Curious onlookers will have a chance to step foot inside a famed St. Petersburg home and possibly bring a piece of history home with them this weekend.
An estate and demolition sale will take place this weekend at the Rutland Farley estate, according to an advertisement on estatesales.net
“See house before it is gone,” reads the advertisement.
The English Tudor-style home at 5030 Sunrise Drive S was built in 1918 and later purchased by Hubert Rutland Sr., head of a banking and ranching empire. It remained in the family until the 1980s and changed hands several times after that.
It went on the market again in March 2022 and was purchased a couple of months ago for $8.1 million in cash, according to the seller’s agent, Ziba Mohammadi.
The buyer, Louis Miele, told the Tampa Bay Times that he and his wife fell in love with the home and wanted to preserve it, but they discovered a plethora of issues, including mold and termite damage.
“We had 8 inspectors look at the house,” he said. “It would cost probably twice as much to fix it as it would to replace it.”
Miele said he and his wife still intend to live on the property and use it as a single family estate. Though they are still in the early stages of designing their home, they are leaning toward a Mediterranean-style design.
“It will not be an ultra-modern house.” he said.
No demolition permits have been filed yet, according to records on the city of St. Petersburg’s permitting website. But a sign from a demolition contractor called AAA Service Company has been posted in the yard. That company could not be reached for comment.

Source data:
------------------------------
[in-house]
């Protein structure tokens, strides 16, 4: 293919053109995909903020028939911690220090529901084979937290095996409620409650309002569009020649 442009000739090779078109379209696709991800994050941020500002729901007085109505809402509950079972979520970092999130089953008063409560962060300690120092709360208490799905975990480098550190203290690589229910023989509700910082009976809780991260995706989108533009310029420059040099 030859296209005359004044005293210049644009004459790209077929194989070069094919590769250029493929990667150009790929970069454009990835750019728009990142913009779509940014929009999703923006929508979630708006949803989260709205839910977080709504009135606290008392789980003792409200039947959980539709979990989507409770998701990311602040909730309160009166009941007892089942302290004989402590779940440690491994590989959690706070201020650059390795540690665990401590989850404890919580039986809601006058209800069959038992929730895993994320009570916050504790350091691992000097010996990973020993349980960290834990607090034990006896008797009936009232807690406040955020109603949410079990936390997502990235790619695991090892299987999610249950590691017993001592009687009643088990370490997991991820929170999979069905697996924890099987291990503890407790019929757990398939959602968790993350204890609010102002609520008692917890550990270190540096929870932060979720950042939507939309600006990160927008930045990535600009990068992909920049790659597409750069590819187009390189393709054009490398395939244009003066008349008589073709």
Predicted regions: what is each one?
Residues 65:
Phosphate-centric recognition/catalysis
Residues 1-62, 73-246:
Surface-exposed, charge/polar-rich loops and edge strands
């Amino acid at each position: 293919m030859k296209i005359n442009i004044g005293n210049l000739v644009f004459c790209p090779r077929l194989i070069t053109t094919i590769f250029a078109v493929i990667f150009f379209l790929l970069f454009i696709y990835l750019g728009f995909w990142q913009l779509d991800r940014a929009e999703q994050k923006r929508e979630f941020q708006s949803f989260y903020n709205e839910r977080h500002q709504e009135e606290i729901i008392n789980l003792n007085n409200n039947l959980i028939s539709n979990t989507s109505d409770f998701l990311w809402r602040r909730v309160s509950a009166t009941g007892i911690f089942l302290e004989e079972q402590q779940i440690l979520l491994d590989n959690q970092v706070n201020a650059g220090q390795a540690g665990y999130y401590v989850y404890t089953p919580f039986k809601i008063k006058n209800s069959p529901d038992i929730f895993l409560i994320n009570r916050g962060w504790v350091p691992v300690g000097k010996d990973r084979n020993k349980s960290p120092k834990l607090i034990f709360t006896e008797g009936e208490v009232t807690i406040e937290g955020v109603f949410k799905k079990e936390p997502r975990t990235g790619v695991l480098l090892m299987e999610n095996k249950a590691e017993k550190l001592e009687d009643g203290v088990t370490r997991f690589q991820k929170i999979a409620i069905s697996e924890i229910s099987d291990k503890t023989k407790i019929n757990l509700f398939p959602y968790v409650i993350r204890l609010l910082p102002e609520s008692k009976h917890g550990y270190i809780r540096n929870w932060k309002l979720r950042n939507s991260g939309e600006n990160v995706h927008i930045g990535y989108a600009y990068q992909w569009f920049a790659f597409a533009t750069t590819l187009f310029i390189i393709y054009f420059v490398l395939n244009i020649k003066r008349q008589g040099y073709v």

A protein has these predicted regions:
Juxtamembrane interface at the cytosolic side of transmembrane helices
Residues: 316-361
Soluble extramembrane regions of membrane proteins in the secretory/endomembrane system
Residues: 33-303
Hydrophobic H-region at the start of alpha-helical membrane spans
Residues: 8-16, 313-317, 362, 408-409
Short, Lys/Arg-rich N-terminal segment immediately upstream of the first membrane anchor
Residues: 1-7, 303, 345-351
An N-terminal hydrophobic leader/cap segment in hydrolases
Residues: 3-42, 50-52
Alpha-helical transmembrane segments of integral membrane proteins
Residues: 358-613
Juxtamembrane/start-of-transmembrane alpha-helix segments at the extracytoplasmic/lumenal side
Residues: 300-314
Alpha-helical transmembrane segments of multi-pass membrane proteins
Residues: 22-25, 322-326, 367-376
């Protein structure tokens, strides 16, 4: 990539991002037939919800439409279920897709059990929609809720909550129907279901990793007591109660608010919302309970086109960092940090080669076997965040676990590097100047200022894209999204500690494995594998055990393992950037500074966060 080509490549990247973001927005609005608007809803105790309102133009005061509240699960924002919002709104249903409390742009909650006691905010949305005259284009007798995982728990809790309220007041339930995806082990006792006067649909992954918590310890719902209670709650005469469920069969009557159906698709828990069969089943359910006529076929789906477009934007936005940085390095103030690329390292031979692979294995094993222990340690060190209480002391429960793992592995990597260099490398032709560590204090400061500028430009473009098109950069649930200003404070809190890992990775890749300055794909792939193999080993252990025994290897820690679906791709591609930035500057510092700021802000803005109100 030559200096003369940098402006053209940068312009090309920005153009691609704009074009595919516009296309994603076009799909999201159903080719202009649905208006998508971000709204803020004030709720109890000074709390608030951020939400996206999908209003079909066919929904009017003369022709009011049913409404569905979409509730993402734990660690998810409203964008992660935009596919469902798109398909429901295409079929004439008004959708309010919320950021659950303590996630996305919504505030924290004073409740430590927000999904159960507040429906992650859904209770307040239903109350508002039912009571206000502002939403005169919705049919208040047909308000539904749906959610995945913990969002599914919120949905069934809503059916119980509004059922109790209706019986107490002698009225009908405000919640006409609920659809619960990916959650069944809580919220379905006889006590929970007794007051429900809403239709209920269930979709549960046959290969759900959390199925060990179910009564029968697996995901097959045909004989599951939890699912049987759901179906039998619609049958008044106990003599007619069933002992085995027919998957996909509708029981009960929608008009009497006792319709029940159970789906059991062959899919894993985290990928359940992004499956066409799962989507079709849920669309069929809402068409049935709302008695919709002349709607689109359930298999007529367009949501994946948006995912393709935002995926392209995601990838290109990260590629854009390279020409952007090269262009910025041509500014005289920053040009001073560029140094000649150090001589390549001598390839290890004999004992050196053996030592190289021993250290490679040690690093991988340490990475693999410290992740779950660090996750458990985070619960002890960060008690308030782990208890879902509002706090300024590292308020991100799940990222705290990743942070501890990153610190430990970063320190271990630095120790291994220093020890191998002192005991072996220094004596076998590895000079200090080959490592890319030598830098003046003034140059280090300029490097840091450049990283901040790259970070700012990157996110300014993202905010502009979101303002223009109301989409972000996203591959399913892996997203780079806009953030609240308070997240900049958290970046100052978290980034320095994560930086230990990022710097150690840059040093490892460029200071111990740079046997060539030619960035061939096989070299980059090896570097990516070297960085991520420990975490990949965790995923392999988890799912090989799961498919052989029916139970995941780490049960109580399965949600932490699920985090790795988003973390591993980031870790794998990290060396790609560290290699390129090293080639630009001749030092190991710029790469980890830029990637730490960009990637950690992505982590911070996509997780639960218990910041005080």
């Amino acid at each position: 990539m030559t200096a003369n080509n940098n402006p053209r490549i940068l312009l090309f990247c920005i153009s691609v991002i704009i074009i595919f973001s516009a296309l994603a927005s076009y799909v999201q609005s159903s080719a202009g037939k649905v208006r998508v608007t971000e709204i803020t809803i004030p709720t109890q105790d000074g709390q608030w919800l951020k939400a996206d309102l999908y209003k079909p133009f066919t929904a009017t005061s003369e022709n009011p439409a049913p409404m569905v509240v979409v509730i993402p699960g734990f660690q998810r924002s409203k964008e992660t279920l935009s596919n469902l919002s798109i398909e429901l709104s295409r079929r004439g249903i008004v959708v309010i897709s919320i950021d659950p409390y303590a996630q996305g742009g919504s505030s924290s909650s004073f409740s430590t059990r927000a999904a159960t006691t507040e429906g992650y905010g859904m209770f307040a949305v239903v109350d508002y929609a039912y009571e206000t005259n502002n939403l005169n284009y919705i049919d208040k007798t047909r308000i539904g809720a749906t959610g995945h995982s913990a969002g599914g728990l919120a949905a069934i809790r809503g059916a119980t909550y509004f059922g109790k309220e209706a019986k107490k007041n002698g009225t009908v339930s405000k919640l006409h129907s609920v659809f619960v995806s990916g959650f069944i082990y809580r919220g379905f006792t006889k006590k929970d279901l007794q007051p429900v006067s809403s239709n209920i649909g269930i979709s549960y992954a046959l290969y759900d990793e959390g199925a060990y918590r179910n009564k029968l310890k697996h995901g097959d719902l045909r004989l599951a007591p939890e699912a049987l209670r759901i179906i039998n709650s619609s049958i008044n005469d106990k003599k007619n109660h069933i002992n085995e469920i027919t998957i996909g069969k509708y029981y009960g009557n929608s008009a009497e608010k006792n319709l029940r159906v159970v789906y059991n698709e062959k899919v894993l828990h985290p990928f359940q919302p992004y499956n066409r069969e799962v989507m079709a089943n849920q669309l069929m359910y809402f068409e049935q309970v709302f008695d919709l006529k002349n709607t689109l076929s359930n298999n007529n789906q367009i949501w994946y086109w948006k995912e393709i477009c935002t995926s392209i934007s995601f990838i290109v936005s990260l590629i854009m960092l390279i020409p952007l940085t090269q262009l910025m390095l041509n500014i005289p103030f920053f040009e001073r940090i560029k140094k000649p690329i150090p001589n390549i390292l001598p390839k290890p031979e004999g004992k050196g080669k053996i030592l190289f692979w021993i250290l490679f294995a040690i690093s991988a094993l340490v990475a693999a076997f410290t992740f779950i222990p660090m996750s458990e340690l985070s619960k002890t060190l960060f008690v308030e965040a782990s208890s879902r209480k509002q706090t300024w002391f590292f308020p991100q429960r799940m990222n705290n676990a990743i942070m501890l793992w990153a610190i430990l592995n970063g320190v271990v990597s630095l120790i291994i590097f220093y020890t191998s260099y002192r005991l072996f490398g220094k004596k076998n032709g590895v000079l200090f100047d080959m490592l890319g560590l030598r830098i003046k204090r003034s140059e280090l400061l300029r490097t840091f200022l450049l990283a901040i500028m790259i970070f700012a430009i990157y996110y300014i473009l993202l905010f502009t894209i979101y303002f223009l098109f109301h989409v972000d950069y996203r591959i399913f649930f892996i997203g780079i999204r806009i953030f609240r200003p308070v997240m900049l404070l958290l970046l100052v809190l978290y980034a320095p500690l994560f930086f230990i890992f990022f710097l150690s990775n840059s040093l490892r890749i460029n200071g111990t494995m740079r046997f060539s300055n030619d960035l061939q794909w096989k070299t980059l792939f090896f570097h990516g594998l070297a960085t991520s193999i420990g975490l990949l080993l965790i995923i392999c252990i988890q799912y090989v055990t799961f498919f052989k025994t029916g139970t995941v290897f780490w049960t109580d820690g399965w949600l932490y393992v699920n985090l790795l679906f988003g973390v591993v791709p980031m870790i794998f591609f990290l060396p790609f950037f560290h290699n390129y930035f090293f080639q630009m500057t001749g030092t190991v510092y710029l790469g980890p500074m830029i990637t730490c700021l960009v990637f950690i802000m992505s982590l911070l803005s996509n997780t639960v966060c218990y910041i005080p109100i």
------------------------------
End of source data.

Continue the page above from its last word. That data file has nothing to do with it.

The original home spans 9,213 square feet and sits on 4.5 acres of land overlooking Little Bayou.
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“There was the water, and horses and we’d stomp through the woods,” Nancy Rutland, the granddaughter of Hubert Rutland Sr., told Bay Magazine last year. “It was just magical.”
Miele said he wanted to give people the opportunity to salvage pieces of the home in order to preserve the history. He said he met with city officials and asked if they wanted to take any heirlooms from the site but they declined.
Some of the items up for grabs in the estate sale include sofas, Oriental rugs, a baby grand piano, a pizza oven and the original wrought iron gates that greeted guests at the entrance to the property.
The sale will run from 9 a.m. to 3 pm on Saturday and from 12 p.m. to 4 p.m. on Sunday.
Times staff writer Susan Taylor Martin contributed to this report.